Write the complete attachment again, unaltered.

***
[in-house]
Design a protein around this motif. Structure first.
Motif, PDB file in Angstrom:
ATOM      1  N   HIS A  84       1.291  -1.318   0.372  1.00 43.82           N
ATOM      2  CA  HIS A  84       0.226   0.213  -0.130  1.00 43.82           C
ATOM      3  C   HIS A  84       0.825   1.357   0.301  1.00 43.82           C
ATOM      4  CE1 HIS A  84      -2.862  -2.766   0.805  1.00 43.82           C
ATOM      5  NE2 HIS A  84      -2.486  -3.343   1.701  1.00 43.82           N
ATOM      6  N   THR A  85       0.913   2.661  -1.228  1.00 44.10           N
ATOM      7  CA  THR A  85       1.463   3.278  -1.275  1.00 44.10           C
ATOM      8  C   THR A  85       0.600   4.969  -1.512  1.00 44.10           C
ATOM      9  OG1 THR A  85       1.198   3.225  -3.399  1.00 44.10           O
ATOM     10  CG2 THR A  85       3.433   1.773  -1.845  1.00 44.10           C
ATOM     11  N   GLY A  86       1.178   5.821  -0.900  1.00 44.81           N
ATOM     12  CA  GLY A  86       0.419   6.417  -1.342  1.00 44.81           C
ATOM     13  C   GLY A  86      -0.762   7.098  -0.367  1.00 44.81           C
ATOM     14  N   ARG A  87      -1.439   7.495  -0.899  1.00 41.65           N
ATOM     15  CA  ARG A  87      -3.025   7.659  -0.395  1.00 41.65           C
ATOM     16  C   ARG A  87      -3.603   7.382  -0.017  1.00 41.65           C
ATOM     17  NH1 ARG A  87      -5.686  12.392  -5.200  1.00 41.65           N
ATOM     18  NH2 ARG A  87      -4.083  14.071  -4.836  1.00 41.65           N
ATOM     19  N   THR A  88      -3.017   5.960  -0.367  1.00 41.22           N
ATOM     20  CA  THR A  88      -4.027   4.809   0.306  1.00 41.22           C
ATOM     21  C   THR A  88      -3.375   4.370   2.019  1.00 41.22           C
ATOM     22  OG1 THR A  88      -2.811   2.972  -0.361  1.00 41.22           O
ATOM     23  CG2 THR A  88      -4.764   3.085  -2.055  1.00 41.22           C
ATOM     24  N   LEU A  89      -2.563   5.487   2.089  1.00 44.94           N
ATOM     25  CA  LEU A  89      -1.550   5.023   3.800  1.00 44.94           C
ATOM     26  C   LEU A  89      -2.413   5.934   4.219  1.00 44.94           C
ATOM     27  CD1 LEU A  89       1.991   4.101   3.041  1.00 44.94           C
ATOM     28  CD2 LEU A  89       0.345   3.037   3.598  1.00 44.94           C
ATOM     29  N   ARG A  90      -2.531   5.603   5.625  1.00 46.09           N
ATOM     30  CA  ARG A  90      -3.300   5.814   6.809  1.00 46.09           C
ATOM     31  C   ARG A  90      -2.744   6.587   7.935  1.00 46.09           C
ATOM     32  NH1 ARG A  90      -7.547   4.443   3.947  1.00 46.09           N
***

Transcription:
[in-house]
Design a protein around this motif. Structure first.
Motif, PDB file in Angstrom:
ATOM      1  N   HIS A  84       1.291  -1.318   0.372  1.00 43.82           N
ATOM      2  CA  HIS A  84       0.226   0.213  -0.130  1.00 43.82           C
ATOM      3  C   HIS A  84       0.825   1.357   0.301  1.00 43.82           C
ATOM      4  CE1 HIS A  84      -2.862  -2.766   0.805  1.00 43.82           C
ATOM      5  NE2 HIS A  84      -2.486  -3.343   1.701  1.00 43.82           N
ATOM      6  N   THR A  85       0.913   2.661  -1.228  1.00 44.10           N
ATOM      7  CA  THR A  85       1.463   3.278  -1.275  1.00 44.10           C
ATOM      8  C   THR A  85       0.600   4.969  -1.512  1.00 44.10           C
ATOM      9  OG1 THR A  85       1.198   3.225  -3.399  1.00 44.10           O
ATOM     10  CG2 THR A  85       3.433   1.773  -1.845  1.00 44.10           C
ATOM     11  N   GLY A  86       1.178   5.821  -0.900  1.00 44.81           N
ATOM     12  CA  GLY A  86       0.419   6.417  -1.342  1.00 44.81           C
ATOM     13  C   GLY A  86      -0.762   7.098  -0.367  1.00 44.81           C
ATOM     14  N   ARG A  87      -1.439   7.495  -0.899  1.00 41.65           N
ATOM     15  CA  ARG A  87      -3.025   7.659  -0.395  1.00 41.65           C
ATOM     16  C   ARG A  87      -3.603   7.382  -0.017  1.00 41.65           C
ATOM     17  NH1 ARG A  87      -5.686  12.392  -5.200  1.00 41.65           N
ATOM     18  NH2 ARG A  87      -4.083  14.071  -4.836  1.00 41.65           N
ATOM     19  N   THR A  88      -3.017   5.960  -0.367  1.00 41.22           N
ATOM     20  CA  THR A  88      -4.027   4.809   0.306  1.00 41.22           C
ATOM     21  C   THR A  88      -3.375   4.370   2.019  1.00 41.22           C
ATOM     22  OG1 THR A  88      -2.811   2.972  -0.361  1.00 41.22           O
ATOM     23  CG2 THR A  88      -4.764   3.085  -2.055  1.00 41.22           C
ATOM     24  N   LEU A  89      -2.563   5.487   2.089  1.00 44.94           N
ATOM     25  CA  LEU A  89      -1.550   5.023   3.800  1.00 44.94           C
ATOM     26  C   LEU A  89      -2.413   5.934   4.219  1.00 44.94           C
ATOM     27  CD1 LEU A  89       1.991   4.101   3.041  1.00 44.94           C
ATOM     28  CD2 LEU A  89       0.345   3.037   3.598  1.00 44.94           C
ATOM     29  N   ARG A  90      -2.531   5.603   5.625  1.00 46.09           N
ATOM     30  CA  ARG A  90      -3.300   5.814   6.809  1.00 46.09           C
ATOM     31  C   ARG A  90      -2.744   6.587   7.935  1.00 46.09           C
ATOM     32  NH1 ARG A  90      -7.547   4.443   3.947  1.00 46.09           N